Trick or Treat: Maui’s north shore is a mixed (scary) bag of goodies

Once past the Ritz Carlton Resort headed north from jammed-packed Kapalua on Maui, the scene instantly changes to a rural highway hugging the coast for about 30 miles—all the way around to Wailuku on the other side of the island. Near the start of this journey is one of its highlights, the Honolua Marine Preserve, where two little bays serve up some good-to-excellent snorkeling. After rains, Honolua Bay can be murky with stream runoff.
At the outer point of Honolua Bay is one of the better surfing venues in Hawaii, where a world-class wave machine sends a uniform right-breaking curls toward the shore. The point is a grandstand for spectators. You can also take a short walk out to Lipoa Point, a spot for adventure snorkelers and birdwatchers.
The Nakalele Blowhole is a well-known tourist stop. Two trails lead down to the geyser-like opening in the reef. The Ohai Loop Trail (easy) and Eke Crater Trail (hard, if you do it all) are nearby—not seen by many visitors.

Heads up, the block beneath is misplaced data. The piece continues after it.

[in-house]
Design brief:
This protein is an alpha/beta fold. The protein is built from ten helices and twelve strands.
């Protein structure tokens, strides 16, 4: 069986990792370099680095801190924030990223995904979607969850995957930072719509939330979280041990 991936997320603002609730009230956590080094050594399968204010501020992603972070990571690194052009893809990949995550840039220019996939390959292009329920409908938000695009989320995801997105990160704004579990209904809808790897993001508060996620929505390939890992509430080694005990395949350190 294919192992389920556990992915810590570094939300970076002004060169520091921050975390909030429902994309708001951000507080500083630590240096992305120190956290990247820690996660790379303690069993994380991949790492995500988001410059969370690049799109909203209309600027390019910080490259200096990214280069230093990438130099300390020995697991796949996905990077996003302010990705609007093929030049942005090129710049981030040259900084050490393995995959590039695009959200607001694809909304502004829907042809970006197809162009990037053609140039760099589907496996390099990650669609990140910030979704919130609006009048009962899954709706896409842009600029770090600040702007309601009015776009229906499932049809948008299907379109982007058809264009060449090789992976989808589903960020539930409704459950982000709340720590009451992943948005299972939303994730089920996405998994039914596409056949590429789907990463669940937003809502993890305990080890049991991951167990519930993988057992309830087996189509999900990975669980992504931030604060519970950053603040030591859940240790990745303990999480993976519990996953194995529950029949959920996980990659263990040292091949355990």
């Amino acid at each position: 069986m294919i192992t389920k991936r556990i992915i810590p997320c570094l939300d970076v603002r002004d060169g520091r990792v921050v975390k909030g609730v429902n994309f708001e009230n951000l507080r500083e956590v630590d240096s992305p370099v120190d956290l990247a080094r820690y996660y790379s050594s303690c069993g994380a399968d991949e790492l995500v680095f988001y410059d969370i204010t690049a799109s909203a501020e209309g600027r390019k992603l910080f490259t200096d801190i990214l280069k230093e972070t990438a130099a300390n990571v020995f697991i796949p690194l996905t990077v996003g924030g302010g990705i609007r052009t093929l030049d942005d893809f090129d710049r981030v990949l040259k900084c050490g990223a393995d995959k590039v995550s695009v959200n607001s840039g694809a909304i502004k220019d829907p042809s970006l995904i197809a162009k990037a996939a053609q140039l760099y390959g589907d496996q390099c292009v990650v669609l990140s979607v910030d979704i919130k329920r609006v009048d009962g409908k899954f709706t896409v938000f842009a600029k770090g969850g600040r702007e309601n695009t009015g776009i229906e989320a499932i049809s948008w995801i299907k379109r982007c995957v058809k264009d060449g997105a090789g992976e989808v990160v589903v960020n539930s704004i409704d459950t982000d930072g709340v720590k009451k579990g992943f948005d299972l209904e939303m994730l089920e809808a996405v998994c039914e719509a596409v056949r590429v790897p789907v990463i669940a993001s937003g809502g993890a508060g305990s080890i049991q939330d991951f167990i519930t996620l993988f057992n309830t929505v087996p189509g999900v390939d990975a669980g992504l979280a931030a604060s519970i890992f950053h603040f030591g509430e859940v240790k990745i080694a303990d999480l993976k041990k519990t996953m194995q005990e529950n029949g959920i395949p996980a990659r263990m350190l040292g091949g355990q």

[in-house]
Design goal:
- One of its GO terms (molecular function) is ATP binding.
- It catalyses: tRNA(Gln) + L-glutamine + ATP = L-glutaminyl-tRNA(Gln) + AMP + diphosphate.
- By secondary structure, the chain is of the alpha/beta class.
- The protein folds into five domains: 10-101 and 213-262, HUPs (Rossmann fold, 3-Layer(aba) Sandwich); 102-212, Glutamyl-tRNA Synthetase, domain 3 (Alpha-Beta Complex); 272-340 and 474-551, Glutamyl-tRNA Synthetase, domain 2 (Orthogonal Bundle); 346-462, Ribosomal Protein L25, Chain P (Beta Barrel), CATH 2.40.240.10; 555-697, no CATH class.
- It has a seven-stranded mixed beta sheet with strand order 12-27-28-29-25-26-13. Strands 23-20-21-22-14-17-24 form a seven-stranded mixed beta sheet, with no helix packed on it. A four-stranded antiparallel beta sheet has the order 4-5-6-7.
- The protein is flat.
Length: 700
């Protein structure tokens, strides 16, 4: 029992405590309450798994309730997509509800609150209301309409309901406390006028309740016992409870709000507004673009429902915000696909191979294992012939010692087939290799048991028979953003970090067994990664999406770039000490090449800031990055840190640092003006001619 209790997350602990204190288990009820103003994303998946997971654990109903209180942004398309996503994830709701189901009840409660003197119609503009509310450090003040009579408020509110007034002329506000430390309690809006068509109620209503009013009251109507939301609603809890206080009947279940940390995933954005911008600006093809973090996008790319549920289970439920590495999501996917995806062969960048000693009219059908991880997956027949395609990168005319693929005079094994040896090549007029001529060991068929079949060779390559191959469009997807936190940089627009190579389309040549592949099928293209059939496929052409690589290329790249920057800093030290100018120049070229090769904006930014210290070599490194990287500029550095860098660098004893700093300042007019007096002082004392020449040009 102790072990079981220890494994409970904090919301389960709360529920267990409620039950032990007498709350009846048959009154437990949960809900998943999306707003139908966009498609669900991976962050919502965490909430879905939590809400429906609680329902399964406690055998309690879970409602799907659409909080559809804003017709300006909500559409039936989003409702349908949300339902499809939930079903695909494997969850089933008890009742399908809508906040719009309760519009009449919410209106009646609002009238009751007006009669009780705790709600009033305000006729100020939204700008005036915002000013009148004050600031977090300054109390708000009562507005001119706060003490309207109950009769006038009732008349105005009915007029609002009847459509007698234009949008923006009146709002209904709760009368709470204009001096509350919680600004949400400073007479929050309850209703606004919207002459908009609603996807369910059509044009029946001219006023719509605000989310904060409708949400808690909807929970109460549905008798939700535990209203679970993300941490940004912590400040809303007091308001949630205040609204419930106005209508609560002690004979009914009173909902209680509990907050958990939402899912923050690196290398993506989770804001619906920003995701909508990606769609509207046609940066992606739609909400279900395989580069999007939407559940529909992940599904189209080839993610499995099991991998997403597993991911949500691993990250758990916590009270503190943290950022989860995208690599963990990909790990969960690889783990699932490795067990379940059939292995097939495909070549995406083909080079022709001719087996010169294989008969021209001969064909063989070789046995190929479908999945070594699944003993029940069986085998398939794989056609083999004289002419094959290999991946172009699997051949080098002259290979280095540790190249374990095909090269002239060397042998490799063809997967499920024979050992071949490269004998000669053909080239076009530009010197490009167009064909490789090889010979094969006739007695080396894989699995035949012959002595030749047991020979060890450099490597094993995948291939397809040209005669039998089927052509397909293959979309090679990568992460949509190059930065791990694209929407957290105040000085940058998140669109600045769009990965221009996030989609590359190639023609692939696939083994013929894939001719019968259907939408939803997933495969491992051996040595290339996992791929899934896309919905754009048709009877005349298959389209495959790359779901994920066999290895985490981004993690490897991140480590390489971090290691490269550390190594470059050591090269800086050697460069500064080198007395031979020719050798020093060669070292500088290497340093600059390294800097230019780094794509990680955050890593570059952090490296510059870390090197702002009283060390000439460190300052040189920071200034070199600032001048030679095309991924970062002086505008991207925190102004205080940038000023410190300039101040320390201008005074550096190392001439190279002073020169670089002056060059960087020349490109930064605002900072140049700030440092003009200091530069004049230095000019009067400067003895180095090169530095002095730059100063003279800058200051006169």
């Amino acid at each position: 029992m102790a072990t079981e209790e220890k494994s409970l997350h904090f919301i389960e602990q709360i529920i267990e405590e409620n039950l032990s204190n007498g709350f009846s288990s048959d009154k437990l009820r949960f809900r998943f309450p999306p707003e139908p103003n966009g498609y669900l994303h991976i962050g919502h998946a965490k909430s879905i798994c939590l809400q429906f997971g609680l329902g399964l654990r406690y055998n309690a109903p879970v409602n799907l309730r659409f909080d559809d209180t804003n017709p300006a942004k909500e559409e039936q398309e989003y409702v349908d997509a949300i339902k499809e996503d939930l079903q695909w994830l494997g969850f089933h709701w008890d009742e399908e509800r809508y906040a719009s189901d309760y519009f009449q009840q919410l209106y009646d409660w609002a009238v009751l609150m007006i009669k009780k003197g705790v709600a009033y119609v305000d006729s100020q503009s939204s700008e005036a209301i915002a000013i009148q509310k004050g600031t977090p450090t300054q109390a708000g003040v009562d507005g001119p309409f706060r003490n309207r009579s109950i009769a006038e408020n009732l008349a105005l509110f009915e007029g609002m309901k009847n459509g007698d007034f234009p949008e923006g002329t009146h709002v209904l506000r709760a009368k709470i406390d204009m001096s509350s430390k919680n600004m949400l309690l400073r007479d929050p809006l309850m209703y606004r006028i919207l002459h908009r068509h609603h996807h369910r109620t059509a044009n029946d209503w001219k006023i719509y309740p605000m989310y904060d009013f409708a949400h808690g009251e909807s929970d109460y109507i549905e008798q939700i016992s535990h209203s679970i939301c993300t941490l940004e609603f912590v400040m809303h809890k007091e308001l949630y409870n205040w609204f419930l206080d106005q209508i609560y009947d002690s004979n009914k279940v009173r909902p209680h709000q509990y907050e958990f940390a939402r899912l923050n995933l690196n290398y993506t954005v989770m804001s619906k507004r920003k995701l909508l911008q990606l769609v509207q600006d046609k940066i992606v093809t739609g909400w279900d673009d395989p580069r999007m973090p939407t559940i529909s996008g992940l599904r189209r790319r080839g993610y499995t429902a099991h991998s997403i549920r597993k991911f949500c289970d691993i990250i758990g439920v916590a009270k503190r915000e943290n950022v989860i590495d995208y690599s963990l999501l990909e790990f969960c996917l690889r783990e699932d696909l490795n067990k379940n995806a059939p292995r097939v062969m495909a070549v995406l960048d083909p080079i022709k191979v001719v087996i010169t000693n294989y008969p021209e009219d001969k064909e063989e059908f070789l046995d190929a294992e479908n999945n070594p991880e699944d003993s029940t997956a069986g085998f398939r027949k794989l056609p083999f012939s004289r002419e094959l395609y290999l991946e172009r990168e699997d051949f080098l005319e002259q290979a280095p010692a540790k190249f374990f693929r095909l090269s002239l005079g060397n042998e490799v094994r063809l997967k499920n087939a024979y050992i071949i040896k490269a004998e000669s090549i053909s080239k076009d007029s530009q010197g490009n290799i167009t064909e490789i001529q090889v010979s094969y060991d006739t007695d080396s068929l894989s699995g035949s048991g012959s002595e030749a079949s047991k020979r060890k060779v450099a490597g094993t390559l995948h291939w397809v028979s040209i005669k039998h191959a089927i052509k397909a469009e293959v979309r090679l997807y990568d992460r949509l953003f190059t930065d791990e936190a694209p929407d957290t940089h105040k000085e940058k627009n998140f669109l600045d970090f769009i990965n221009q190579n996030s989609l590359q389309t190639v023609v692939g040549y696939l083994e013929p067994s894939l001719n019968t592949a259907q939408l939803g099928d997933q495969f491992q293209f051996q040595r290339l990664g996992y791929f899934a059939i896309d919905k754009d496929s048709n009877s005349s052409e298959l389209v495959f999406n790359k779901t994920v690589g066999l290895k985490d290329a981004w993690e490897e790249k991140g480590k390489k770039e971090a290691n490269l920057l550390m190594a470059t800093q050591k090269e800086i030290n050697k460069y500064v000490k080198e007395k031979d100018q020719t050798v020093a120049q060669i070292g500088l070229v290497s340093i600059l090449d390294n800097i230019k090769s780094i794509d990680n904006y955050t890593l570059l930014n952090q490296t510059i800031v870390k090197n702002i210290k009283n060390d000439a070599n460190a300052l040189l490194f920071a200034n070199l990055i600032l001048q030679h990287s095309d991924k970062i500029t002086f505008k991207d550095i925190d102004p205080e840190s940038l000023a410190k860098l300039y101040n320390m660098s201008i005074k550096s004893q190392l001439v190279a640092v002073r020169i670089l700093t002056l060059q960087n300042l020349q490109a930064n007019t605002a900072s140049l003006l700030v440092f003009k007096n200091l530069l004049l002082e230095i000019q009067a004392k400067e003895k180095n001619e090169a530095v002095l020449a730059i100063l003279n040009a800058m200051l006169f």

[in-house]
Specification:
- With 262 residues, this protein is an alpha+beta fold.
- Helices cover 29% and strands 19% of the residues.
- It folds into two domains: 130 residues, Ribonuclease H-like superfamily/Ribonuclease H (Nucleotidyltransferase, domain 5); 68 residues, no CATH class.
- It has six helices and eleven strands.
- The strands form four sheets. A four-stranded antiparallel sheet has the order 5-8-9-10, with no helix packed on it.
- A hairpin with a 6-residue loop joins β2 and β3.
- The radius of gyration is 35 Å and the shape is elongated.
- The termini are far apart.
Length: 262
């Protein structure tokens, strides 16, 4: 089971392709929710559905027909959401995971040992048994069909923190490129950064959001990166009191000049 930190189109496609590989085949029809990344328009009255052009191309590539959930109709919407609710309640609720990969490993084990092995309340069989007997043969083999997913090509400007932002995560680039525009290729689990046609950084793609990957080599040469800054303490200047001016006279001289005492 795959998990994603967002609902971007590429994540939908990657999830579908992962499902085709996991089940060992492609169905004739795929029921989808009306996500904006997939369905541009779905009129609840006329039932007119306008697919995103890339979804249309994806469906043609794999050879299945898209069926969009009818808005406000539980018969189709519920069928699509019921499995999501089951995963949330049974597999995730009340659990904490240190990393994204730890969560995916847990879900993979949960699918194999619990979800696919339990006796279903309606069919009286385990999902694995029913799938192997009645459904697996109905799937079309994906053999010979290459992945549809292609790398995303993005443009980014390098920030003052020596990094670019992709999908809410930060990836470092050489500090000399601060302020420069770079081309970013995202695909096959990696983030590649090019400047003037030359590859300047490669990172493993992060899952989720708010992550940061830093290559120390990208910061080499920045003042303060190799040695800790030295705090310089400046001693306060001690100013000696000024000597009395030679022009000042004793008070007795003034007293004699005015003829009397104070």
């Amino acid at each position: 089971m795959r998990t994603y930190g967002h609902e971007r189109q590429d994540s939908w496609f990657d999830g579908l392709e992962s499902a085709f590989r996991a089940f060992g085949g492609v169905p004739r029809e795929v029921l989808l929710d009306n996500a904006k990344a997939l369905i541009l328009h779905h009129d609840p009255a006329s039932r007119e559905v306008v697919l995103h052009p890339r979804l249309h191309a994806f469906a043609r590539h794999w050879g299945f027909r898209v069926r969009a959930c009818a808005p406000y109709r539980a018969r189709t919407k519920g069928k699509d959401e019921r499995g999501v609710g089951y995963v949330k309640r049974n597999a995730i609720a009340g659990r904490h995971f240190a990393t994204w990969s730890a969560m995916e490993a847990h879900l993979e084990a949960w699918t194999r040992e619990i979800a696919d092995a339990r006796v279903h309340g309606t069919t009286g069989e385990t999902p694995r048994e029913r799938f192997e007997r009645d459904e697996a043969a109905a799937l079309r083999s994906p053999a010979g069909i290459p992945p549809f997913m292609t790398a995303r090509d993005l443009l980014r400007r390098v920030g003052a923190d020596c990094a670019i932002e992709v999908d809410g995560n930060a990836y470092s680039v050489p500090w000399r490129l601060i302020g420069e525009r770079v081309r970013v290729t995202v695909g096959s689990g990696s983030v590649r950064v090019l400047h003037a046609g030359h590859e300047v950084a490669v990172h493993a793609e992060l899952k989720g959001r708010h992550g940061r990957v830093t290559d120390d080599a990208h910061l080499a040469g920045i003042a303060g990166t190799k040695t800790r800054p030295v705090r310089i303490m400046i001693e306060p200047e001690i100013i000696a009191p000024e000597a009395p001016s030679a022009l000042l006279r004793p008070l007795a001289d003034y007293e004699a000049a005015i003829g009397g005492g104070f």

This sign is no joke. Same goes for the dangers at the Bellstone (aka Olivine) Pools, which are soaking tubs just down the highway.
The road around the north shore is routine narrow and curving for the most part. But for several miles, through quaint Kahakuloa Village, “narrow” becomes white-knuckle skinny with steep drop-offs.
Anchoring the east side of the village is Kahakuloa Head, a landmark that can be seen from Baldwin Beach Park and other spots on the windward (east side). The head’s summit, and also the top of the volcanic hillock next to it, can be achieved by careful hikers.
Maui Trailblazer has more details on these spots, as well as other attractions on this wild shore, most of which are off the tourist radar.

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